Monthly Archives: September 2008

Lakeview Terrace

The only serious problem with LakeviewMV5BMTI0MzI0NDI4Ml5BMl5BanBnXkFtZTcwOTk4ODk3MQ@@._V1__SX1859_SY847_ Terrace was the advertising campaign. It went from Hey, cool preview! to Why didn’t that movie ever come out? to I am so tired of these previews, hooray that the movie finally being out means I’ll never have to see them again! Maybe there was a delay in the release? Dunno. Anyhow, I’d pretty much written it off, but last Wednesday I found myself with some time to kill, and it was the best fit for my schedule and interest level. Which is good; I would have needed closure.

Surprisingly, and to the film’s benefit, it’s not really the boilerplate thriller it appeared to be. Sure, all that ratchety tension stuff is in there, and played quite well on all sides. But mostly, it’s a character study about two people who simply don’t like each other. There are all kinds of proximate causes: racism features heavily, but jealousy, loneliness, power imbalances, and family values differences all play their roles. But I really think the underlying issue is that some people just can’t stand each other, and these two had the misfortune of living next to each other. (Well, and the misfortune of Samuel L. Jackson being just enough off-kilter to turn it from the typical coldly polite avoidance into a constantly escalating conflict. But make no mistake, the other guy[1] was carrying around plenty of his own contributory macho bullshit.)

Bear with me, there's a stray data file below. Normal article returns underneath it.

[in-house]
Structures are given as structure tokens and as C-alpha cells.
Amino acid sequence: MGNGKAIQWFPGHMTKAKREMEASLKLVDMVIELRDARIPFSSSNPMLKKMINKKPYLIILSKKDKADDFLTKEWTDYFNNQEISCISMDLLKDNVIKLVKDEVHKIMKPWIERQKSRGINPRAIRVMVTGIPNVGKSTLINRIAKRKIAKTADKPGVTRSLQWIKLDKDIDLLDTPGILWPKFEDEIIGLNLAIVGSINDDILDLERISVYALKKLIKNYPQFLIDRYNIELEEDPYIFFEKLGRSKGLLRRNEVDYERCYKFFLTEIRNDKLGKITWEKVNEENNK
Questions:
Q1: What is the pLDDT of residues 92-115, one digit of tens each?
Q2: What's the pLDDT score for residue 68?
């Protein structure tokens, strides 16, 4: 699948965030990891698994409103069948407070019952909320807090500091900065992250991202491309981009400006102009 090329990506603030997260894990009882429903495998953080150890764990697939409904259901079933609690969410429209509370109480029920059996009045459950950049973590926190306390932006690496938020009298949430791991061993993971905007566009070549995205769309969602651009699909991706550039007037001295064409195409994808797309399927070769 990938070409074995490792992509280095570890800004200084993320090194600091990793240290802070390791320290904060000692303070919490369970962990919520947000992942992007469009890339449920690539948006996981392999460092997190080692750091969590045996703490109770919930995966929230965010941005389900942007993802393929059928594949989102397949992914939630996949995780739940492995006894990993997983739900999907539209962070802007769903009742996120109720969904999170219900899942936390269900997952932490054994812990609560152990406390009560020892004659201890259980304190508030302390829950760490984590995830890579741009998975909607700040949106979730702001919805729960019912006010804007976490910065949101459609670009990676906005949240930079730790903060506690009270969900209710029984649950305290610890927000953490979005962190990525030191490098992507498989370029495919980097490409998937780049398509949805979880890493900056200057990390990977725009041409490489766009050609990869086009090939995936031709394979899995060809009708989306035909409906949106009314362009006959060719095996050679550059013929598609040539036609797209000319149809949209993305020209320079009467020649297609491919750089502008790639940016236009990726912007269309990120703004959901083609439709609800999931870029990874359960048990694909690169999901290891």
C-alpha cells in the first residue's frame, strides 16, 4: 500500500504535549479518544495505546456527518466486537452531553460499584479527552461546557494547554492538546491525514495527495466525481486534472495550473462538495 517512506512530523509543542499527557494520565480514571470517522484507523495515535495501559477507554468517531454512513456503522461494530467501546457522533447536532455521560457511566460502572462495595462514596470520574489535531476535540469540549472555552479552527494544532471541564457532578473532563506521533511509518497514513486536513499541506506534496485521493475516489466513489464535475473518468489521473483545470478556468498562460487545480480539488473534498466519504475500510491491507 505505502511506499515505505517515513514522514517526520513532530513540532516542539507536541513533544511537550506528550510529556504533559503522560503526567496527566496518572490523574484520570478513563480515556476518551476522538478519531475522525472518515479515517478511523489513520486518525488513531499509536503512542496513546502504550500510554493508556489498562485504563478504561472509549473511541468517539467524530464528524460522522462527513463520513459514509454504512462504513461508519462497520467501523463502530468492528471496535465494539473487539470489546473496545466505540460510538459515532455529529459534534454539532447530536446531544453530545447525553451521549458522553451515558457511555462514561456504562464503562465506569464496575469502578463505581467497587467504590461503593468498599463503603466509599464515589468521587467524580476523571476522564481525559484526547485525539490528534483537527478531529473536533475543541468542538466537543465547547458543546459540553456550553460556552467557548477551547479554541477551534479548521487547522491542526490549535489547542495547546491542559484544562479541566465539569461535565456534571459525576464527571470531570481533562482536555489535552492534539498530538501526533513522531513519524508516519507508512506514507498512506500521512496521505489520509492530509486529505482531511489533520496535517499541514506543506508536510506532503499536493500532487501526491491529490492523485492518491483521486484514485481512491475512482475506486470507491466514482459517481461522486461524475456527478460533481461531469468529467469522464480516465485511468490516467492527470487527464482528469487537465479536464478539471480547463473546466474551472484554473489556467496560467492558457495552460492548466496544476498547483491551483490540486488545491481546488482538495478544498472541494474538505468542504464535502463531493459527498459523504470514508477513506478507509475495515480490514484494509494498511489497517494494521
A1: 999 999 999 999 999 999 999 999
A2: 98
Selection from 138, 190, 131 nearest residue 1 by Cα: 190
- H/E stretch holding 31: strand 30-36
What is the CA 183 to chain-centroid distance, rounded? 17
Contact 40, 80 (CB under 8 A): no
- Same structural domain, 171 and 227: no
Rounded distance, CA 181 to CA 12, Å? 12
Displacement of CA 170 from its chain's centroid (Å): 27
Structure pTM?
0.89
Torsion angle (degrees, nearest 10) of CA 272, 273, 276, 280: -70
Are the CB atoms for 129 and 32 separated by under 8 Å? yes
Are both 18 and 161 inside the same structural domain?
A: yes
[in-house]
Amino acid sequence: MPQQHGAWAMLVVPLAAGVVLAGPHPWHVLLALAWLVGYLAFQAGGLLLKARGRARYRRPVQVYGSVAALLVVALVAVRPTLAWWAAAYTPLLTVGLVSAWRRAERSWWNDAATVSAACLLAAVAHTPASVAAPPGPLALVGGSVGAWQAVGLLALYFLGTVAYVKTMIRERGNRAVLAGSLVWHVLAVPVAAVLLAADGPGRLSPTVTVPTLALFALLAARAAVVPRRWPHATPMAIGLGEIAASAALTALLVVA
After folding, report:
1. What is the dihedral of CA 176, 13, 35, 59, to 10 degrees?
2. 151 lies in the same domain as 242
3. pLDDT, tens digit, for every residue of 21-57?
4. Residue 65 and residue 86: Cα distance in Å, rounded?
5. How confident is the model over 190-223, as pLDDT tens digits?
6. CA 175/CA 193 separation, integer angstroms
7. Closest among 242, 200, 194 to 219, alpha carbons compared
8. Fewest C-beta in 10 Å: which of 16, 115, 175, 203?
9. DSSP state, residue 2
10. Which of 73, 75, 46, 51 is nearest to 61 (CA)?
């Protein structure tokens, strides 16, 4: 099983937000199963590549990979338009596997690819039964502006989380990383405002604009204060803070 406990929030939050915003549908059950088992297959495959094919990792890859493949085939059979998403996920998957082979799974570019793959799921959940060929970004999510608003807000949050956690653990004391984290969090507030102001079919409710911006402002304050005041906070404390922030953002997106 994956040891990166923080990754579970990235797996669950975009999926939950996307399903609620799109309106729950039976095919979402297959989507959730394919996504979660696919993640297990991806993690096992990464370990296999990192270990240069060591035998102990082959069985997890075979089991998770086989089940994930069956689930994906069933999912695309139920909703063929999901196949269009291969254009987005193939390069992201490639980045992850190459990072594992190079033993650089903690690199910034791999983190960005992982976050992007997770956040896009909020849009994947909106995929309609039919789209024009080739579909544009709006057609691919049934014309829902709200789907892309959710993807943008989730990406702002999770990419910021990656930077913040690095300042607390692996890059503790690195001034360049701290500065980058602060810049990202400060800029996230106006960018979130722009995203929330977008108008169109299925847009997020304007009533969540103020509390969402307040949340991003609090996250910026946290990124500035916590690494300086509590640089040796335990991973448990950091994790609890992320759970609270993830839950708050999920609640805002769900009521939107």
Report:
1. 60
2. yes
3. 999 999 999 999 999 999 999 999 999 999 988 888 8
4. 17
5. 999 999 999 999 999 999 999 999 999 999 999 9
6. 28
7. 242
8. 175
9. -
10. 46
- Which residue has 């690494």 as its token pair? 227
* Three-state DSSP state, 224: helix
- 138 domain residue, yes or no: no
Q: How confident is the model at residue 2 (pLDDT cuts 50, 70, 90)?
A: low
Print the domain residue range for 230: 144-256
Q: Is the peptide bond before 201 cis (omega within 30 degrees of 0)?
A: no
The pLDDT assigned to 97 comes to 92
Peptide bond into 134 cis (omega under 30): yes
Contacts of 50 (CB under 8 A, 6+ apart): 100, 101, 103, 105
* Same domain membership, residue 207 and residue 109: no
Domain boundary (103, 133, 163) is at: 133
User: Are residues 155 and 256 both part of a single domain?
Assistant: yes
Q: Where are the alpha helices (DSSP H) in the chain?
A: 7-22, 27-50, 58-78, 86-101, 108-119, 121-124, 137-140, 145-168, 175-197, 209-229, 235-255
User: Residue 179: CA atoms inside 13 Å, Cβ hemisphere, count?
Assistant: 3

I think what really impressed me, though, was that despite all of that, SLJ was frequently sympathetic. Not, y’know, a lot, but more than enough to take him out of the caricature territory one expects from his boilerplate thriller character type. To balance that, the travails of Not SLJ and his wife were mostly disinteresting; real and depth-creating, just like SLJ’s sympathetitude, but it just never fit the tone of everything else that was going on, at least to me. Still, minor quibble in an otherwise above-average experience.

[1] Not Samuel L. Jackson, I think, is what his name is?


Pratchett’s seventh Discworld novel was markedly funnier than the previous volumes, and much more consistently funny at the same time. So that was awesome. Unfortunately, it wasn’t funny enough to mask how muddied the rest of the book was. Pyramids has a core theme, about the dangers of stagnancy to the human condition. It’s just that the execution wandered all over the place, making it almost impossible for me to really see that theme until nearly the end of the book, and even worse, making it almost impossible for me to really get into the plot, whose point I still probably missed.

But the increased skill at humor made up for a lot of that, and I still have to say that on the whole the series is unquestionably improving, still. I believe I’ve read the next book before, and possibly as my entry into the series some 20 years ago. So that will be potentally interesting!

Ex Machina: March to War

I’m headed toward the impression that maybe Ex Machina doesn’t know where it’s going after all, which would bother me less, I think, if I didn’t have the excellent Y: The Last Man series by the same author to compare with. As it is, March to War still delivers on sometimes thought-provoking and always entertaining post-9/11 political content, so I can’t complain very much; and it will only help matters if I lower my future expectations.